Scientists use a wide variety of old and new technology to measure these things.
Temperatures of both water and air are measured locally by a very old and commonplace technology: a thermometer. Thermometers are in weather balloons, weather stations, and ocean bouys.
Temperatures of wide areas, used to gauge climatic trends, are measured by satellites using infrared cameras. Infrared radiation is more commonly known as heat energy. Warmer areas will give off more heat energy naturally.
Wind directions at low altitudes are measured by an old technology that you can see on barns throughout the nation. It's called a weather vane. Wind speed is measured by anemometers. At moderate altitudes, weather balloons measure wind speed and direction via built in GPS devices measuring where the balloon travels from its release point.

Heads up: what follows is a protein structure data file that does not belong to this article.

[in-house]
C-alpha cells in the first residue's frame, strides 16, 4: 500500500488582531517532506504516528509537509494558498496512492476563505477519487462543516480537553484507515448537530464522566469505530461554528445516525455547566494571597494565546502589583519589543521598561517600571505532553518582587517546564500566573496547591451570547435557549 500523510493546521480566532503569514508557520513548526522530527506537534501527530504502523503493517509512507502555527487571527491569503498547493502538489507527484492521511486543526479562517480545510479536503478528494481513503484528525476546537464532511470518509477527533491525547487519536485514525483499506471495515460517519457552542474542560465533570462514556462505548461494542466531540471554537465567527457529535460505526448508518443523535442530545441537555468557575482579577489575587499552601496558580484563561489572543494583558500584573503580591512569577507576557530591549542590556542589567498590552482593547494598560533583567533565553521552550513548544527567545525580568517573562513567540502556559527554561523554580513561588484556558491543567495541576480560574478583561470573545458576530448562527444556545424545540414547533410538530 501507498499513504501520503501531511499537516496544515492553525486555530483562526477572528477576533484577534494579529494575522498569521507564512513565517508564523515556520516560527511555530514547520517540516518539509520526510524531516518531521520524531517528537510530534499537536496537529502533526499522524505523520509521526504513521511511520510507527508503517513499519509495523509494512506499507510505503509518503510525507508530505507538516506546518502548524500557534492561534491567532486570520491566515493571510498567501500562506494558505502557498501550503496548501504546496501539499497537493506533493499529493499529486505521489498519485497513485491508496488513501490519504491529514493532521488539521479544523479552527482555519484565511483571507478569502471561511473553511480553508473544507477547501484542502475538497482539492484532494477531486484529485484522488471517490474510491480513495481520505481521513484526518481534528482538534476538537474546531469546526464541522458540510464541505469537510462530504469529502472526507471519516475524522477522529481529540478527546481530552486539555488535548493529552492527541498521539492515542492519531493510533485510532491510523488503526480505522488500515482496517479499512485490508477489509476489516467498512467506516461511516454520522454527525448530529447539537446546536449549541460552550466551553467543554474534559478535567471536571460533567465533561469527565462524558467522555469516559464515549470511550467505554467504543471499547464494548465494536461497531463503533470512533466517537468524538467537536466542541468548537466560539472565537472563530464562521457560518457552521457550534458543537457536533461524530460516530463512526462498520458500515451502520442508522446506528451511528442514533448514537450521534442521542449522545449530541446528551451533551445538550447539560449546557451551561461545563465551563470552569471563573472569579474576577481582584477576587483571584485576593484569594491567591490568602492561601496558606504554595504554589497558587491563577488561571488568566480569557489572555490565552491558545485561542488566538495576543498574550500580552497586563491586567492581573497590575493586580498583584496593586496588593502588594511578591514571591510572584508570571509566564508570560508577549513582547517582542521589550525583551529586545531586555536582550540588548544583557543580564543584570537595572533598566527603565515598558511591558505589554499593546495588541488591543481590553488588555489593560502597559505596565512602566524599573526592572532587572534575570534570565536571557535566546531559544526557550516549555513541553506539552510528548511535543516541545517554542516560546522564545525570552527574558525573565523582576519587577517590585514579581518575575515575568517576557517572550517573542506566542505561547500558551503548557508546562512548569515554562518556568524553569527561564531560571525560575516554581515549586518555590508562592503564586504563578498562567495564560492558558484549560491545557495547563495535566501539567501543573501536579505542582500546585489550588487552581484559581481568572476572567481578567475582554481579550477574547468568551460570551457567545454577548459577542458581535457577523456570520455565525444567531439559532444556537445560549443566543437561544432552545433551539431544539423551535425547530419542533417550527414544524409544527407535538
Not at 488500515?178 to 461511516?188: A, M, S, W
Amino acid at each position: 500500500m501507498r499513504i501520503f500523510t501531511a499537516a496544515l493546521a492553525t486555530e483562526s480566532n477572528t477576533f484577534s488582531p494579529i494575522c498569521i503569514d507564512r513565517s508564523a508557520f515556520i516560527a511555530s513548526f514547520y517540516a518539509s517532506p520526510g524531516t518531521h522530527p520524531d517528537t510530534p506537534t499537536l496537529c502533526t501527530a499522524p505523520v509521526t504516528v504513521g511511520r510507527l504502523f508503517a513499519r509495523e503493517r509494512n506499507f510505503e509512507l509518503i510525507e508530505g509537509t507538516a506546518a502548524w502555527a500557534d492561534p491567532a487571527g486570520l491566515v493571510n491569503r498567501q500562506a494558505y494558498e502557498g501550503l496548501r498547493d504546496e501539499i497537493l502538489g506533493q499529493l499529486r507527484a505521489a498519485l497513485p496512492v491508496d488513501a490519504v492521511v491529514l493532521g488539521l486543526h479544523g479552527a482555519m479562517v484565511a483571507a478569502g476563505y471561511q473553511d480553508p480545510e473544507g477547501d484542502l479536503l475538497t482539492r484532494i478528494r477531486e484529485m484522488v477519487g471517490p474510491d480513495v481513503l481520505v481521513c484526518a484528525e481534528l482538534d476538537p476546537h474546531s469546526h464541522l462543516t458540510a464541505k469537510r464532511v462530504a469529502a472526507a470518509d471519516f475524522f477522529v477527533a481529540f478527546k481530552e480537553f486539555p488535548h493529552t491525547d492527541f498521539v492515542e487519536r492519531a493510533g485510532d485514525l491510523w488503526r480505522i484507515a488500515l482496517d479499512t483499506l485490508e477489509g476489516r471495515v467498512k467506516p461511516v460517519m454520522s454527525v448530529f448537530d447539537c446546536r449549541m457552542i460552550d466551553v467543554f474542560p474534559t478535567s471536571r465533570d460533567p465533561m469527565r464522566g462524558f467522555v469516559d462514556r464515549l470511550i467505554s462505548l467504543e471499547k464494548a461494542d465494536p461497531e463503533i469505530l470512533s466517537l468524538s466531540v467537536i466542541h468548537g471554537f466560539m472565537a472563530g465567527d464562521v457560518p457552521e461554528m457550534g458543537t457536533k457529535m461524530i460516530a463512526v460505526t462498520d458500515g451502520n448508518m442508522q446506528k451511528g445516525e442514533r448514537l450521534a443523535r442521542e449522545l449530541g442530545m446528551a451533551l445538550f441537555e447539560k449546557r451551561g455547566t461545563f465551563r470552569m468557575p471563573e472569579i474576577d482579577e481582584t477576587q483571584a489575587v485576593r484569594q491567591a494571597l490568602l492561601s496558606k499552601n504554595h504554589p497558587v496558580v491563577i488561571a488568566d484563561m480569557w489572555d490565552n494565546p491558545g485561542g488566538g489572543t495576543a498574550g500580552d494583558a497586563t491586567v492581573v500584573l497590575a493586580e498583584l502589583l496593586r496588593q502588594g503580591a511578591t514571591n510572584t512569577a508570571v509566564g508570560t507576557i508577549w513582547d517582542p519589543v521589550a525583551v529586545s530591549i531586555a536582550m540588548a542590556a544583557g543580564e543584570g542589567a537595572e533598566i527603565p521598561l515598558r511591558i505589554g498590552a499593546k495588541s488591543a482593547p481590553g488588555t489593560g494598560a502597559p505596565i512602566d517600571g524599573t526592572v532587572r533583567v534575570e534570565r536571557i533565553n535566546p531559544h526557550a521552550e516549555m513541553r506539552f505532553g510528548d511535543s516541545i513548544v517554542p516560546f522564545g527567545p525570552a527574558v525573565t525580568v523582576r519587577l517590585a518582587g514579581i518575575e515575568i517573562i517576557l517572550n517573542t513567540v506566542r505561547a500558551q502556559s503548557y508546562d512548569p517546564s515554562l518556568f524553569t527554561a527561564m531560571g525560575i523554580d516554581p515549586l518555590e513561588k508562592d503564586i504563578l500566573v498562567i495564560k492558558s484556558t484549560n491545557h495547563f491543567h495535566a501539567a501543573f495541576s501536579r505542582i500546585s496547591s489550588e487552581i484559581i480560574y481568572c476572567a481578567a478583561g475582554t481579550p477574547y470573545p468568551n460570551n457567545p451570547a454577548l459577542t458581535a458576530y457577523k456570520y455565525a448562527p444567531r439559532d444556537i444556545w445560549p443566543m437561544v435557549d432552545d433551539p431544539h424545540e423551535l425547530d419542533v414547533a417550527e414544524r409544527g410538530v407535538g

At higher altitudes, radar measures the direction and windspeed by bouncing radio waves off water droplets in the air. They use both satellites and ground based units for this.